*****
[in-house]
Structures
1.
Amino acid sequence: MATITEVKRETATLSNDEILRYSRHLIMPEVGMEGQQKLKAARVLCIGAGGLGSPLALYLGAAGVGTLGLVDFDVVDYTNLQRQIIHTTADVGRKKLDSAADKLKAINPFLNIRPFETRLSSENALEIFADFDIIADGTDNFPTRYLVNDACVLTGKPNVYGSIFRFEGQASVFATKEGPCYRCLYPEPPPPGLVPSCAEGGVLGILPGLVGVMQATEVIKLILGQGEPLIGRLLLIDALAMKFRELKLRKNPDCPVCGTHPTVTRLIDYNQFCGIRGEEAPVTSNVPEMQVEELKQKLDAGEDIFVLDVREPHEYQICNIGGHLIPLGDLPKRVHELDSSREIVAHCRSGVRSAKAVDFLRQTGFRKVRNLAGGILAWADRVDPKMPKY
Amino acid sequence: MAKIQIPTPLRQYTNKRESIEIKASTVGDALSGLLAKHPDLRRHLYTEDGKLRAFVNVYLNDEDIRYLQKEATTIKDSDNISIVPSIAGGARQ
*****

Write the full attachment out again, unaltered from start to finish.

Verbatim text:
[in-house]
Structures
1.
Amino acid sequence: MATITEVKRETATLSNDEILRYSRHLIMPEVGMEGQQKLKAARVLCIGAGGLGSPLALYLGAAGVGTLGLVDFDVVDYTNLQRQIIHTTADVGRKKLDSAADKLKAINPFLNIRPFETRLSSENALEIFADFDIIADGTDNFPTRYLVNDACVLTGKPNVYGSIFRFEGQASVFATKEGPCYRCLYPEPPPPGLVPSCAEGGVLGILPGLVGVMQATEVIKLILGQGEPLIGRLLLIDALAMKFRELKLRKNPDCPVCGTHPTVTRLIDYNQFCGIRGEEAPVTSNVPEMQVEELKQKLDAGEDIFVLDVREPHEYQICNIGGHLIPLGDLPKRVHELDSSREIVAHCRSGVRSAKAVDFLRQTGFRKVRNLAGGILAWADRVDPKMPKY
Amino acid sequence: MAKIQIPTPLRQYTNKRESIEIKASTVGDALSGLLAKHPDLRRHLYTEDGKLRAFVNVYLNDEDIRYLQKEATTIKDSDNISIVPSIAGGARQ